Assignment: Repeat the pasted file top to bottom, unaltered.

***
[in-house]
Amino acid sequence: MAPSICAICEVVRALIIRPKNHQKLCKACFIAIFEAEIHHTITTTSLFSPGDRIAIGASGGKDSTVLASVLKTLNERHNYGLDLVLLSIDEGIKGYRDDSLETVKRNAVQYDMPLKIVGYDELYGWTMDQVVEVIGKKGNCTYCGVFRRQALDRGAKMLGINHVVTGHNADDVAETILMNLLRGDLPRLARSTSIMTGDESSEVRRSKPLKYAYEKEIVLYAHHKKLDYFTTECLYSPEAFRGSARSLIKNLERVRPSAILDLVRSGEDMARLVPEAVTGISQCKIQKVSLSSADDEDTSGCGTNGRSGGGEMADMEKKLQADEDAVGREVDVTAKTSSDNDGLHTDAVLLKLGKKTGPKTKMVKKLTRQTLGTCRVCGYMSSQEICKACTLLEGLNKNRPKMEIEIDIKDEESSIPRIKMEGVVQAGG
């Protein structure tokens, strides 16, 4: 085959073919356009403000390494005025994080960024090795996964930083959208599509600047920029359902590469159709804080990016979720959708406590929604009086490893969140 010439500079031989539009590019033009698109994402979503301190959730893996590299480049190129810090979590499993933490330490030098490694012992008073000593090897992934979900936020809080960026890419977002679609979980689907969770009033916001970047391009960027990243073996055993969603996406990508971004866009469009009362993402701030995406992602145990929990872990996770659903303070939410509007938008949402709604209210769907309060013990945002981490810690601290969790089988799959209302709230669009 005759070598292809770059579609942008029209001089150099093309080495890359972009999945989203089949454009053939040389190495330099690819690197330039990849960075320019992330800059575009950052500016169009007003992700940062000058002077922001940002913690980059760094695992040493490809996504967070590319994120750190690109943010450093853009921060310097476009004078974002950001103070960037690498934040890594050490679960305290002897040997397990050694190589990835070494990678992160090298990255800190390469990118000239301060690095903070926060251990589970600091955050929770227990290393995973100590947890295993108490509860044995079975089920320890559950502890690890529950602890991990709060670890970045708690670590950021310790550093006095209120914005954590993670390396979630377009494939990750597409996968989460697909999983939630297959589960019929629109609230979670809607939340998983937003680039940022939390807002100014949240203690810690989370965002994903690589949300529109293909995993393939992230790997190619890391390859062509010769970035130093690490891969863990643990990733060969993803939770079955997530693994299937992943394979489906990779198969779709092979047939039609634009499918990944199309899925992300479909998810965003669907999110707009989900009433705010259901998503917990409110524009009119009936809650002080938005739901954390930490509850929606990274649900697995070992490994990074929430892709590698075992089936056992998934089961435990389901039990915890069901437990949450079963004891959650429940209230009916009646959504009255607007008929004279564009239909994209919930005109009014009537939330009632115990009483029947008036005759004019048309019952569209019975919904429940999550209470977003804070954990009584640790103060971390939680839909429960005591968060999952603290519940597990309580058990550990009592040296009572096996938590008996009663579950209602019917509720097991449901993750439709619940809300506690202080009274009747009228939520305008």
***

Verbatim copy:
[in-house]
Amino acid sequence: MAPSICAICEVVRALIIRPKNHQKLCKACFIAIFEAEIHHTITTTSLFSPGDRIAIGASGGKDSTVLASVLKTLNERHNYGLDLVLLSIDEGIKGYRDDSLETVKRNAVQYDMPLKIVGYDELYGWTMDQVVEVIGKKGNCTYCGVFRRQALDRGAKMLGINHVVTGHNADDVAETILMNLLRGDLPRLARSTSIMTGDESSEVRRSKPLKYAYEKEIVLYAHHKKLDYFTTECLYSPEAFRGSARSLIKNLERVRPSAILDLVRSGEDMARLVPEAVTGISQCKIQKVSLSSADDEDTSGCGTNGRSGGGEMADMEKKLQADEDAVGREVDVTAKTSSDNDGLHTDAVLLKLGKKTGPKTKMVKKLTRQTLGTCRVCGYMSSQEICKACTLLEGLNKNRPKMEIEIDIKDEESSIPRIKMEGVVQAGG
């Protein structure tokens, strides 16, 4: 085959073919356009403000390494005025994080960024090795996964930083959208599509600047920029359902590469159709804080990016979720959708406590929604009086490893969140 010439500079031989539009590019033009698109994402979503301190959730893996590299480049190129810090979590499993933490330490030098490694012992008073000593090897992934979900936020809080960026890419977002679609979980689907969770009033916001970047391009960027990243073996055993969603996406990508971004866009469009009362993402701030995406992602145990929990872990996770659903303070939410509007938008949402709604209210769907309060013990945002981490810690601290969790089988799959209302709230669009 005759070598292809770059579609942008029209001089150099093309080495890359972009999945989203089949454009053939040389190495330099690819690197330039990849960075320019992330800059575009950052500016169009007003992700940062000058002077922001940002913690980059760094695992040493490809996504967070590319994120750190690109943010450093853009921060310097476009004078974002950001103070960037690498934040890594050490679960305290002897040997397990050694190589990835070494990678992160090298990255800190390469990118000239301060690095903070926060251990589970600091955050929770227990290393995973100590947890295993108490509860044995079975089920320890559950502890690890529950602890991990709060670890970045708690670590950021310790550093006095209120914005954590993670390396979630377009494939990750597409996968989460697909999983939630297959589960019929629109609230979670809607939340998983937003680039940022939390807002100014949240203690810690989370965002994903690589949300529109293909995993393939992230790997190619890391390859062509010769970035130093690490891969863990643990990733060969993803939770079955997530693994299937992943394979489906990779198969779709092979047939039609634009499918990944199309899925992300479909998810965003669907999110707009989900009433705010259901998503917990409110524009009119009936809650002080938005739901954390930490509850929606990274649900697995070992490994990074929430892709590698075992089936056992998934089961435990389901039990915890069901437990949450079963004891959650429940209230009916009646959504009255607007008929004279564009239909994209919930005109009014009537939330009632115990009483029947008036005759004019048309019952569209019975919904429940999550209470977003804070954990009584640790103060971390939680839909429960005591968060999952603290519940597990309580058990550990009592040296009572096996938590008996009663579950209602019917509720097991449901993750439709619940809300506690202080009274009747009228939520305008």